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December 2 in Literary History: Dickens Gives First Public Reading in America

The most significant events in the history of books on the 2nd of December

1814: Marquis de Sade dies. As well as giving us the word ‘sadist’ for one who enjoys inflicting pain on others, Donatien Alphonse François, Marquis de Sade (to cite his full name) was also a novelist who wrote Justine in just two weeks in 1787, while imprisoned in the Bastille.

1854: Tennyson writes ‘The Charge of the Light Brigade’, in response to an article in The Times about the battle. The poem would be published in The Examiner a week later.

1867: Charles Dickens gives his first public reading in the United States, at Tremont Temple, Boston. Hundreds of Dickens3Americans had paid $2 to hear Dickens read from his work. A young Henry James recorded sniffily that it was ‘impossible to get tickets’; Henry Wadsworth Longfellow and Ralph Waldo Emerson had both proved more fortunate, and were in the audience. It was the first time Dickens had read A Christmas Carol to audiences in the United States.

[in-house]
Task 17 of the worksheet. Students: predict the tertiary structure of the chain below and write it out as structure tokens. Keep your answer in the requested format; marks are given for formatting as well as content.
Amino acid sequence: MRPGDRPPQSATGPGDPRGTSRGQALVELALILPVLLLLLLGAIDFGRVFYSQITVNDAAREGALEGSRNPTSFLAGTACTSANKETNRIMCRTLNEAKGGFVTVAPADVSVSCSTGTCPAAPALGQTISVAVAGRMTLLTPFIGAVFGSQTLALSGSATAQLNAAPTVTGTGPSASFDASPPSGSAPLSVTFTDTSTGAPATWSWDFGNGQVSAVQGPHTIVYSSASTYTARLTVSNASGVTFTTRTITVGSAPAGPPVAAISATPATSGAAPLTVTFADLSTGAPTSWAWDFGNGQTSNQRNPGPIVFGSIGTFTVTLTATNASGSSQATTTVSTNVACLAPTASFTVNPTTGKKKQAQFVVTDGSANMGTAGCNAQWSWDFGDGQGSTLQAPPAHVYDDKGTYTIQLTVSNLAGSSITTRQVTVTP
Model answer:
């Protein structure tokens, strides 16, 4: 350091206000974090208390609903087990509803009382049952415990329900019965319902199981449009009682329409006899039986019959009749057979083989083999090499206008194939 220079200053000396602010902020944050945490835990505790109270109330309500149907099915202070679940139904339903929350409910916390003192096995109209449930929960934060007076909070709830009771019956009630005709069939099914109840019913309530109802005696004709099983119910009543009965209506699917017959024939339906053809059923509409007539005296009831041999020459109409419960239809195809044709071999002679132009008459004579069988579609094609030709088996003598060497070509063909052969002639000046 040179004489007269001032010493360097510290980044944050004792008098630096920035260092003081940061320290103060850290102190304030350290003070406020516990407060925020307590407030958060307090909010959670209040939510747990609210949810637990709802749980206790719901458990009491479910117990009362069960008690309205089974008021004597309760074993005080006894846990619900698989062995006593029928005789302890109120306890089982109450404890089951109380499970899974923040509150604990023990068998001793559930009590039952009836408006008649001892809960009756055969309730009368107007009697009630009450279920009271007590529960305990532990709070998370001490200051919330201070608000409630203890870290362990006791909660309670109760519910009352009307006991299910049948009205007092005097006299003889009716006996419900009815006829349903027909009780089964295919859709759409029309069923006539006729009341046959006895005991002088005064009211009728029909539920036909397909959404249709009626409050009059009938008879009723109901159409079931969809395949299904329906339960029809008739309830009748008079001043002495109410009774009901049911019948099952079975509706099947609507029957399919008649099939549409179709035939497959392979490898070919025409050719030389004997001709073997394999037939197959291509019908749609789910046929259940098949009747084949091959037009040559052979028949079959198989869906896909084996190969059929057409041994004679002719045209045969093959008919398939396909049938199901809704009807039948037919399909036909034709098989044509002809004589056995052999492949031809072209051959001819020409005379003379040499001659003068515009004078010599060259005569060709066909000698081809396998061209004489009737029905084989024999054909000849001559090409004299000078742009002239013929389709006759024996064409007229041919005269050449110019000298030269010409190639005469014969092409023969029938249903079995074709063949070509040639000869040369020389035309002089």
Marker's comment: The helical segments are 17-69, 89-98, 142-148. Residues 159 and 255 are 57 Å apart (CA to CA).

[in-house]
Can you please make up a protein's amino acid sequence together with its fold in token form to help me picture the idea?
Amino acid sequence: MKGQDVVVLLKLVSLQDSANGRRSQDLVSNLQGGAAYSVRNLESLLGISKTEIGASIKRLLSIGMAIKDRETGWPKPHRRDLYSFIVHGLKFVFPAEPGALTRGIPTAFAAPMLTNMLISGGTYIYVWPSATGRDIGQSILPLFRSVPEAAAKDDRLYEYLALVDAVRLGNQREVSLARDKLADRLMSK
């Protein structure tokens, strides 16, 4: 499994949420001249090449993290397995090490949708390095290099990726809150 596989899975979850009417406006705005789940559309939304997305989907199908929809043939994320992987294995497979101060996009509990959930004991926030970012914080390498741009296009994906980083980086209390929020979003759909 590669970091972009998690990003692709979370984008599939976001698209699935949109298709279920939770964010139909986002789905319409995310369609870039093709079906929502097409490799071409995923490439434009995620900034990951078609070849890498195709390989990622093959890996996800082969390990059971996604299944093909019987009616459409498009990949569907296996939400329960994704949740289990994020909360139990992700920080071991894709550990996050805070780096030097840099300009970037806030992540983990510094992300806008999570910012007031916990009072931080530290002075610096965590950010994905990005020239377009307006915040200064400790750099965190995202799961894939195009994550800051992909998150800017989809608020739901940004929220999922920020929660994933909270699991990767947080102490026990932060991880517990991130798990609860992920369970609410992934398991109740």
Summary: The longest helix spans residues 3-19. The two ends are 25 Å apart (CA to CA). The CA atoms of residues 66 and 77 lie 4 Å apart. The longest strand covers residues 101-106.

1985: Philip Larkin dies. We’ve put together a list of his ten best poems, even while we acknowledge that reducing his output to just ten poems is impossible without some notable absences. Larkin is most associated with the cities of Coventry (where he grew up) and Hull (where he worked for 30 years), though he also had ties with the Leicestershire town of Loughborough, which he visited many times over two decades: his mother lived in the midlands town.

1995: Robertson Davies dies. This bushy-bearded Canadian novelist, playwright, journalist, and academic once observed: ‘Authors like cats because they are such quiet, lovable, wise creatures, and cats like authors for the same reasons.’

Image: Charles Dickens, public domain.

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About interestingliterature

A blog dedicated to rooting out the interesting stuff about classic books and authors.

Posted on December 2, 2015, in Literature and tagged , , , , , , , , , . Bookmark the permalink. 1 Comment.

  1. I whole-heartedly agree with Robertson Davies :)

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